Be Assertive When Complaining

Be Assertive When Complaining


Be Assertive When Complaining

What is “Being Assertive?”


It is interesting that different sources describe assertion in different ways:

A confident and forceful statement of fact or belief.


A positive statement or declaration, often without support or reason.


When knowledge and persuasion are linked.


Behaviour which enables a person to act in his/her own best interests.


To stand up for oneself without undue anxiety.


To express one’s honest feeling comfortably.


To exercise one’s own rights without denying the rights of others.


Although I do not completely agree with all these definitions, they do give a flavour of what assertion really is about. Assertive When Complaining



In example 1, the word “forceful” seems to be a misunderstanding of assertion since it should not be necessary to be forceful to state your point of view in a statement. Quite the opposite is true; an assertive statement does not need force. It simply needs to be a true statement of your view, position or perception.


7 would seem to be much more applicable because an assertive statement is about you and not about “forcing” other people to accept or believe.


Often the way a statement is made can make a difference. A voice heavily laden with emotion does not work as well as a calm simple statement of fact. Your tone of voice is important.



Complaining or Cancelling Contracts


This is often an emotional time since organisations make it difficult for us to get through the process of cancelling or changing contracts. Complaints often mean we are upset, angry or disappointed. Emotions are involved and we cannot deny it.


To see a process to help you complain or cancel contracts. See this link:




To be assertive in cancelling or amending contracts, it means getting down your intentions in black and white, either in a text document or handwritten the old-fashioned way. It will help you to see what you want written down. E.g. “I want this contract to be cancelled.”


Express what you want in positive terms. E.g.” I want you to cancel my contract from this date.”


Tell them exactly what you want them to do. Avoid negative sentences like: “I do not want this contract anymore.”


If you need something cancelled before the contract time’s is up then have a reason written out on your crib sheet.


Avoid becoming emotional, but if you are feeling unhappy about what is happening, say that in a calm way. E.g. I am very unhappy with this product/ service/contract and the difficulties in getting it resolved are causing me anxieties.


If the person you are talking to says they cannot solve your problem / change the contract, ask for someone who can do it. This will usually mean you speak to someone senior who has more authority.


Your crib-sheet with your statements and reasons is very important. Keep looking at it to remind yourself of what you want.


Being assertive does not mean forcing others to do what you want. In a complaint situation, you are the one paying the money and you have a right to get what you are paying for and stop paying when you no longer want the service.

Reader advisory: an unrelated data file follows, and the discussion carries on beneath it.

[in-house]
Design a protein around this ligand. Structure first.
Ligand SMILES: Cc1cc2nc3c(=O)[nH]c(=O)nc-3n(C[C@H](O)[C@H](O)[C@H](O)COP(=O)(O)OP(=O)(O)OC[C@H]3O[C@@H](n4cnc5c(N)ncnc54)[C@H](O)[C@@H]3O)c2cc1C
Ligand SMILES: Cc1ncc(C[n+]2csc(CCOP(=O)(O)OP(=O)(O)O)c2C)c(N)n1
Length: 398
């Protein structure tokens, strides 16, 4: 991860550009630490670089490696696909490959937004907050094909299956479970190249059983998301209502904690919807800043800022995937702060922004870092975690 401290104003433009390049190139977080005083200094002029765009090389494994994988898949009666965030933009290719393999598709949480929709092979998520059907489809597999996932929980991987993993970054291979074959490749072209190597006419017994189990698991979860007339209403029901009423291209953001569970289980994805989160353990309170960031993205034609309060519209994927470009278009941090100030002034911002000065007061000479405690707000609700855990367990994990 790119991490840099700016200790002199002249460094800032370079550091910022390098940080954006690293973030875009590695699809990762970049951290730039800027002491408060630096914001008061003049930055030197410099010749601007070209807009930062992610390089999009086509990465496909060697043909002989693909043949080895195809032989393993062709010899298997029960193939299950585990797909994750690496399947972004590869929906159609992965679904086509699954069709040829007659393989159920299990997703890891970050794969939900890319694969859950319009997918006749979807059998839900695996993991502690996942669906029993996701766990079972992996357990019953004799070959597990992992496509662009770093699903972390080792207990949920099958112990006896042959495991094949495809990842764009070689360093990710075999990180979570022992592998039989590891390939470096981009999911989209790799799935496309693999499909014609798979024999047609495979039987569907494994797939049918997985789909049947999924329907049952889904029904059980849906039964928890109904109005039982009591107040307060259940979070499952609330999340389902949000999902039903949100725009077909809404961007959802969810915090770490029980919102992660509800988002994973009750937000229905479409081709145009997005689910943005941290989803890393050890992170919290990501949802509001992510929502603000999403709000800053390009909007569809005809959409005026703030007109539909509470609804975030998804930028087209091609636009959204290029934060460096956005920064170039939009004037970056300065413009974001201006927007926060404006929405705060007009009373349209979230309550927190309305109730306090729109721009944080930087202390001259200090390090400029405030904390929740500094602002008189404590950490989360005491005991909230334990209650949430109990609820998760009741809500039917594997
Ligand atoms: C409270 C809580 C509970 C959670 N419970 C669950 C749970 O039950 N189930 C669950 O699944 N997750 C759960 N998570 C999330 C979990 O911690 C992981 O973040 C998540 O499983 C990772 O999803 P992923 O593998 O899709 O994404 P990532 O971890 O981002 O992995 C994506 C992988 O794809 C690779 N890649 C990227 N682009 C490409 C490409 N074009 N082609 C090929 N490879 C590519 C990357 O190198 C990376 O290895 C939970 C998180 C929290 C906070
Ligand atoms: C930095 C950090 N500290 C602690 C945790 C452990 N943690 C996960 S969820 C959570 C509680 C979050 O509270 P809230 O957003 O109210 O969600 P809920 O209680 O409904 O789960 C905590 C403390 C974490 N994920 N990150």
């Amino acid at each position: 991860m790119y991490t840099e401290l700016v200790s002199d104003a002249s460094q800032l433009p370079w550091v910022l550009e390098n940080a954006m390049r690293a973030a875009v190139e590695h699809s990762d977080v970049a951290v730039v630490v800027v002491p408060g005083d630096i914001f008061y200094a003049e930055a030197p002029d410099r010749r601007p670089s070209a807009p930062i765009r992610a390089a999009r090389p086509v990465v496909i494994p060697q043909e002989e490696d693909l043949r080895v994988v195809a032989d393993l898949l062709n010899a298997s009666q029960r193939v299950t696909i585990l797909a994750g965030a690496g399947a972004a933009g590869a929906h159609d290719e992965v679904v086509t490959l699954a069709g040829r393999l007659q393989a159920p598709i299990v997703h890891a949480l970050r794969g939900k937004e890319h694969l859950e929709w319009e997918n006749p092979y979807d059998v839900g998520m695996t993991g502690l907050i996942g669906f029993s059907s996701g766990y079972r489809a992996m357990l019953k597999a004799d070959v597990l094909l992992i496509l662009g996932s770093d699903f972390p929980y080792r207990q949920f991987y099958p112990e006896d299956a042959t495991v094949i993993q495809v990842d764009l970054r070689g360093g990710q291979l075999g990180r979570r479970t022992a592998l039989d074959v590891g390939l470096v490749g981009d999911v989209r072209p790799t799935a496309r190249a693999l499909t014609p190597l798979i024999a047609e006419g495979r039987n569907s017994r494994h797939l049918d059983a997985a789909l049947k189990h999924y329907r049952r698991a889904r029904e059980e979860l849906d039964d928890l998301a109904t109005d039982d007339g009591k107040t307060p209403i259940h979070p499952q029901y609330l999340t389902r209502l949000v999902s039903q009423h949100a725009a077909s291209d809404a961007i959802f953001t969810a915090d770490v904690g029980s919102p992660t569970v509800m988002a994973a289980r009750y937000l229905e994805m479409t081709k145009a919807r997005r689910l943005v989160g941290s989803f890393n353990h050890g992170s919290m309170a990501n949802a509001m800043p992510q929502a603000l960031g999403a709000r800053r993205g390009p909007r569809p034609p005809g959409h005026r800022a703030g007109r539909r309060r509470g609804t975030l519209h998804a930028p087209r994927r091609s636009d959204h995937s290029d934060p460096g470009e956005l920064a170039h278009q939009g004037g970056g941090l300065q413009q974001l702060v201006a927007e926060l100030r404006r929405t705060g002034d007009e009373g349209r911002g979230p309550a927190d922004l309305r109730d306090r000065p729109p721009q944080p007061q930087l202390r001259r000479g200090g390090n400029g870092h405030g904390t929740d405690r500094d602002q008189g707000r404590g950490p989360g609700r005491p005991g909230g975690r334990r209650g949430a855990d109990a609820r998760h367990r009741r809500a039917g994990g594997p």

It is not necessary to explain why you want something but have a reason lined up, ready to give.

Use the magic word “Because.”


Do not say: ”Please.” You are not asking them to do something, you are telling them what you want. Assertive When Complaining



2 rules of persuasion are

  • Use “because.”
  • Repeat your request.

Think About How Children Get Their Own Way. It Goes Like This:


  1. Child asks “Can I have an ice cream?”
  2. Parent: “No.”
  3. “I want an ice cream.”
  4. “No.”
  5. “Please may I have an ice cream?”
  6. “No.”
  7. “I really need an ice cream, please, please, please.”
  8. “Why do you want an ice cream?”
  9. “Because I want one now, please, please, please. I will be really good if I can have an ice cream. Can I have one, please? Please?”
  10. “Oh for goodness sake, stop going on. Here, go and get an ice cream and shut up.”


Look at the persuasion: Repeat the request / use “because.” The reason given does not have to make sense at all.


How Many Times Have You Heard Arguments Like This?

Children Can be Wonderful Teachers

Imagine This Conversation:


  1. “I want to cancel this contract.”
  2. “What is your reason?”
  3. ”Because I do not need it any more.”
  4. “Can you explain a bit more? Is it because…”
  5. “I want to cancel this contract”
  6. “We just need to put a reason down here to complete our statistics.”
  7. “Because I do not need it anymore. I want to cancel the contract.”
  8. “OK.OK. you do realise you will…….. if you cancel now?”
  9. “I want to cancel the contract.”
  10. “When would you like the cancellation from?”
  11. “Now.”
  12. “Can we interest you in a rebate / discount for a year? I can organise that now. A lot of our customers like this option.”
  13. “I want to cancel the contract.”
  14. “May we call you back in a few months to offer you a really good new offer we have in the pipeline?”
  15. “No. I want to cancel the contract.”
  16. “I have organised that for you and we have emailed a confirmation to you. Thank you for calling.”


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Read More : How Can I Cancel My Contract? 


Be Assertive When Complaining

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